David sat down hard, head spinning. Why had this never occurred to him? He could fall down a manhole, collapse of a stroke. A car crash could sever his spinal cord. He could catch bird flu. A tree could fall on him. There were comets. Killer bees. Foreign armies. Floods. Serial killers. There was buried nuclear waste. Ethnic cleansing. Alien invasion.
A plane crash.
Suddenly, everywhere he looked he saw catastrophe, bloodshed, the demise of the planet, the ruin of the human race, not to mention (to pinpoint the exact source of his anxiety) possible pain and suffering to himself.
Who could have thought up a scenario this bleak?
Whoever (whatever) it was, he could feel the dark malevolence of it settling in, making itself at home like some vicious bird of prey, its sharp claws sunk deep into the quivering gray jelly of his terrified brain. He pulled his brother close, tucking him in against his body, pressed his lips to the child’s face.
What if . . . ?
He became enmired in what if.
The weight of it wrapped itself around his ankles and dragged him under.
A year earlier, David’s father had woken him with a shout.
“David, your mother’s home! Aren’t you interested in seeing the baby?”
Not really, David thought, burying his head in his pillow. I know what a baby looks like.
But then they were in his room, grinning and making inane noises in the direction of a small, serene-looking creature with jet black eyes.
David sat up with a groan and peered at his new brother. OK, seen him, he thought.
“Of course he can’t see you yet.” His father, superior as ever. “Babies can’t focus properly for weeks.”
David was about to go back to sleep when he noticed the new baby gazing at him with a peculiar expression of calm authority.
I’m Charlie, said the new baby’s eyes, as clearly as if he had spoken the words out loud. Who are you?
His brother repeated the question slowly, politely, as if to a person of limited intelligence. Who, exactly, are you?
The baby inclined his head, his face registering something that might have been pity. Such a simple question, he thought.
But if his brother knew the answer, he gave no sign.
This disturbed Charlie. Over the next few months, he tried approaching his parents for answers, but his father was always at work and his mother seemed strangely ill informed on the subject of her older son.
“He’s usually on time,” she would comment brightly, or “I wish he’d tidy his room more.” But nothing about who he was. And when she caught Charlie staring intently at David, she merely thought, How sweet. They’re bonding.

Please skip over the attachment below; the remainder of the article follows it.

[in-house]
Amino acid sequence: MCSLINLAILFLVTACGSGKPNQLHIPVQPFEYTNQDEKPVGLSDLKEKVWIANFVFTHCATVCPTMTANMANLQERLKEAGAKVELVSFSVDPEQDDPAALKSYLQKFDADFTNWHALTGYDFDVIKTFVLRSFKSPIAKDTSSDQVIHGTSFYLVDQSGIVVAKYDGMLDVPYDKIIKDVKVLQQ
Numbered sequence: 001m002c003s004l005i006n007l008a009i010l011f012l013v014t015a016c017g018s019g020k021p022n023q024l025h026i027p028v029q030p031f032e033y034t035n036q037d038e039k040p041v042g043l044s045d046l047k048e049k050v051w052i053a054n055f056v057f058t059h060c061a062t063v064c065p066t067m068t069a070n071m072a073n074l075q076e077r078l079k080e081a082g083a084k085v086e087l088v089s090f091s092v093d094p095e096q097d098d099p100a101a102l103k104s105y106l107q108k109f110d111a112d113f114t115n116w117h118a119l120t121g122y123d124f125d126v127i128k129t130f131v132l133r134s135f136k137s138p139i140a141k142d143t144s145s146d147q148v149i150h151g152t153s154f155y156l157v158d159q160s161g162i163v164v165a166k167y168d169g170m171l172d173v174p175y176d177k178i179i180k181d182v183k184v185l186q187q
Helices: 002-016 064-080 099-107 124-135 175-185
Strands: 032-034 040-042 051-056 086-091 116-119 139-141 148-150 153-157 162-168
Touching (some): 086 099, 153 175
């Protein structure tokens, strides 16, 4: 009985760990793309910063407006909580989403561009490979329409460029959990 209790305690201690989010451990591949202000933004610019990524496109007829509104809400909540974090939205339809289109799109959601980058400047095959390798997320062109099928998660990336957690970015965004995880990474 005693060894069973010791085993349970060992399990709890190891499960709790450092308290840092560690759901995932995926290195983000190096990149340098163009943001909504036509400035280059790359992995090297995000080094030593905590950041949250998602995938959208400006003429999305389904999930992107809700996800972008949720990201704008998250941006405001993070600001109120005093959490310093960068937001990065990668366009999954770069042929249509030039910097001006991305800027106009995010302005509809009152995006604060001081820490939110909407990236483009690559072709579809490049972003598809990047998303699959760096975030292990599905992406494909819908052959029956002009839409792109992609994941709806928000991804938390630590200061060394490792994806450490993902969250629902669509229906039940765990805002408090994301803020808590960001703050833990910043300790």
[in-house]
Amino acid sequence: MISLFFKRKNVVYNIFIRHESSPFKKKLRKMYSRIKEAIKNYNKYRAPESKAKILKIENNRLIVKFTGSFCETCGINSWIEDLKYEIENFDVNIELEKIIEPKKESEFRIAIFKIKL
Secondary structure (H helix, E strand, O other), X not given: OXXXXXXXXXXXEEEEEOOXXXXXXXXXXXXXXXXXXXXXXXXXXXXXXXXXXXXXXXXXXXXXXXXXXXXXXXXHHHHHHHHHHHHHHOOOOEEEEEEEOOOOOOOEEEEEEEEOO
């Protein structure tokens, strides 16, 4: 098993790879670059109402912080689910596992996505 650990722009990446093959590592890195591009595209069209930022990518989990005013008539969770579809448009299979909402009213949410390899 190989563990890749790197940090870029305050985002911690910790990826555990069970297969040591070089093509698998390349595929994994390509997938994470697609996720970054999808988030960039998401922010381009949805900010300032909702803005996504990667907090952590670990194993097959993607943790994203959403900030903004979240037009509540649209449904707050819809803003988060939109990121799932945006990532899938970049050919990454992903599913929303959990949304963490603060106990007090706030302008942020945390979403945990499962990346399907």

But they weren’t bonding. Charlie was comparing the David he knew with the Davids he saw displayed around the house in family pictures. The younger Davids looked cheerful and carefree; they held books or bikes or ice creams and gazed at the camera with expressions of trust. The younger Davids kicked balls, swung from trees, blew out the candles on birthday cakes. They had clear edges and cloudless eyes.
But the David that Charlie knew now was wavery and fizzy with nerves. The new David reminded Charlie of a birthday card he’d seen where the picture of a clown shifted gradually into the picture of a tightrope walker, depending on how you tilted it. Exactly when this transformation had begun, the child couldn’t say. According to the photos, his brother’s outline had begun to blur sometime between playing football at thirteen and losing his status as only child the following year.
Charlie had spent a good deal of his short life worrying about his older brother. Now he paused in the middle of playing Monkey Rides in a Car with Donkey to gather his thoughts. He saw that his recent attempt to fly had been a mistake. It seemed to have nudged his brother past some invisible tipping point and this filled him with remorse. Charlie wanted to make amends, to offer advice on how David could regain his footing. But he couldn’t get his brother to listen.
Or perhaps he was listening, but somehow lacked the capacity to understand. This worried Charlie most of all.